Article Comment 

Serious boating accidents can be avoided with training

 

Special to the Dispatch

 

During the Bass Fishing League regional competition last weekend, there was a boating accident that claimed the life of one of the anglers. There were several different tournaments being held on the same weekend one of the boats from one of the other tournaments collided with a BFL contestant''s boat. 

 

The only details that I will talk about is that apparently one of the boats veered right to avoid the accident and the other boat veered left and struck the first boat. 

 

Boating safety rules were apparently not followed. 

 

In 2009, the Coast Guard counted 4730 accidents that involved 736 deaths, 3358 injuries and approximately $36 million dollars of damage to property as a result of recreational boating accidents. 

 

There are many people who operate boats every year on our waterway that have never even seen a safe boating guide. These are the people that also have never been properly instructed on how to use a boat or navigate a boat on a typical body of water. 

 

I see boats on the river system each week riding down the wrong side of the river with boats approaching. The rules are the same on the water as on the roads. 

 

If you are reading this article, stay on the right side of the water as much as possible. If you have a boat approaching head-on, veer right to avoid the on-coming vessel. If it is impossible to veer right, shut down until the boat passes. 

 

All boating accidents can be avoided. 

 

There was a NASCAR driver that said something on television one time after having an accident that has stuck with me for years and I believe that it holds true for boats as well, "We have a false sense that tells us that we can control a machine that can be uncontrollable." 

 

Boats do NOT have brakes. There is no possible way to make a sudden stop if something goes wrong. 

 

There are several fishermen and women that have had steering problems while driving a boat and found themselves losing control. Even boats that have had proper maintenance can become unsafe.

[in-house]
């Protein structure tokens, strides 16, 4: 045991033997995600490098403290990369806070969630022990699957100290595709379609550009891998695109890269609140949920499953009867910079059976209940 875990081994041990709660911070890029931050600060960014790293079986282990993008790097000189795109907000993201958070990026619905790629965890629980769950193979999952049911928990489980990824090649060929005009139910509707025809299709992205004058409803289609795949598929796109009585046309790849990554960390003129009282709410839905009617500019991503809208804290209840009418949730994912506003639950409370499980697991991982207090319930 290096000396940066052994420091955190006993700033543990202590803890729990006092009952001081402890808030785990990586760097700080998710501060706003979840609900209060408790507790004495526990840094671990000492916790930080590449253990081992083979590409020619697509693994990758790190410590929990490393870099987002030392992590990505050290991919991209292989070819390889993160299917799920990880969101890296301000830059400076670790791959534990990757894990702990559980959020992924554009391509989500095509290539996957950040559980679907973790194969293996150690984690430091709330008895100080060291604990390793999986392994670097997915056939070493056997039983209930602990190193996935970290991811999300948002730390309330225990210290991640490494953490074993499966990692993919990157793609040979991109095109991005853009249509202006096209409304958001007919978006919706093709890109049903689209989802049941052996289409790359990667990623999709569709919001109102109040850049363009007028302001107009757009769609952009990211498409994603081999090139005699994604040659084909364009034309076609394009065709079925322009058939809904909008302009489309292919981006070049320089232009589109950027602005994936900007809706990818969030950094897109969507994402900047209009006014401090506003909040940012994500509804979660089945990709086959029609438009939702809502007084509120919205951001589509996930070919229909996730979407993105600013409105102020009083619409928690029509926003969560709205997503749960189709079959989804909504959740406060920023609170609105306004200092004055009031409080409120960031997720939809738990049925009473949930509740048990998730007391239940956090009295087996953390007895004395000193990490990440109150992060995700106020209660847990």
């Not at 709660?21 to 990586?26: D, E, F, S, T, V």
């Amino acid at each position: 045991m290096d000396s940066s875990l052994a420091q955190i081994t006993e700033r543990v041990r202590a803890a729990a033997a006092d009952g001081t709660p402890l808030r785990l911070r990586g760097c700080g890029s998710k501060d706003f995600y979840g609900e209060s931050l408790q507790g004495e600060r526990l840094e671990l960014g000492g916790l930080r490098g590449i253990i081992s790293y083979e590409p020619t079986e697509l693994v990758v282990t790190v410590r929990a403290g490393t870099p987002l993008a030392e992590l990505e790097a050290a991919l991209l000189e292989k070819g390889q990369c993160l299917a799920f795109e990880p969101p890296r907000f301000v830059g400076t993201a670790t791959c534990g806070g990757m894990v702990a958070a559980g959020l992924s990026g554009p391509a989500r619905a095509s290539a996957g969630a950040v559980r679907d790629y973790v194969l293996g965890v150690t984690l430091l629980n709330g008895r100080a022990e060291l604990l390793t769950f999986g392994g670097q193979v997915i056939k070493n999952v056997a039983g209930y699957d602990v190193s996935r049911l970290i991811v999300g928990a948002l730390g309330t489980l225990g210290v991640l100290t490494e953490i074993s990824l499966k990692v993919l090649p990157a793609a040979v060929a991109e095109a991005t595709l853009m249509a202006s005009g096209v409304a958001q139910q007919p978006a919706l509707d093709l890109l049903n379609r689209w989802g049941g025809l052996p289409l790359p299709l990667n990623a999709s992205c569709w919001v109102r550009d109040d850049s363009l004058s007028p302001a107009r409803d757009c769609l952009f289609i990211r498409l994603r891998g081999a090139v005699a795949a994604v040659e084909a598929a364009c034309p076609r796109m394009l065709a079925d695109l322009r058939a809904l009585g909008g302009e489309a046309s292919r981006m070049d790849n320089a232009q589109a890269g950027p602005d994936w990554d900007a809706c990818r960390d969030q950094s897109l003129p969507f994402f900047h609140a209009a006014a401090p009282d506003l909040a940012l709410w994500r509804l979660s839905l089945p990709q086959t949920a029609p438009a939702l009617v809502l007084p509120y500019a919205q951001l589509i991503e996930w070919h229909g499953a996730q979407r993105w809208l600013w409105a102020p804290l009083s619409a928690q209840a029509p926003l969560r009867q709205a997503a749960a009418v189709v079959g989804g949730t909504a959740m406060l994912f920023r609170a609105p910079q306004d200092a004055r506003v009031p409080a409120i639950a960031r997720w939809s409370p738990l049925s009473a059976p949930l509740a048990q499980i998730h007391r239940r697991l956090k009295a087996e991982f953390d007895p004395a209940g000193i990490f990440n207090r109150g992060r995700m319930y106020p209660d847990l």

It is our responsibility as boat owners, fishermen, and water sports activists to drive safely. Boats running at high speeds are just like cars; there is little room for mistakes. 

 

The Thursday Night tournaments, directed by Tony and Marian Parson, held their championship tournament this past Saturday with 21 boats competing. It was a beautiful day for fishing even though the fishing was tough. 

 

Will and Dusty Dupler won the event with 13.21 pounds and won the second big bass pot with 3.73 pounds. Lance and JD Jackson finished in second place with 10.23 pounds. Gene Brown and Eddie Armstrong took third place with 9.92 pounds. Steve and Rodney Moore finished in fourth place with 9.66 pounds and also won the big bass pot with 4.15 pounds and Josh and Ed Thrasher rounded out the top five with 6.90 pounds. 

 

The Parsons would like to thank the sponsors for their contributions in helping in a tough economy, The Boat Gallery, Performance Marine, The Fiberglass Shop, Wal-Mart, and Southern Lure Company. 

 

Next year''s season begins on April 14, 2011. 

 

The Parsons would also like to thank each of the fishermen and women for coming out each Thursday evening and making the trail such a success. 

 

This tournament format is a great opportunity for weekend anglers that normally do not fish tournaments to enjoy friendly competition and not spend much money. 

 

Kevin Forrester is the Dispatch''s outdoor writer. Contact him at gonefishing39701@yahoo.com

 

 

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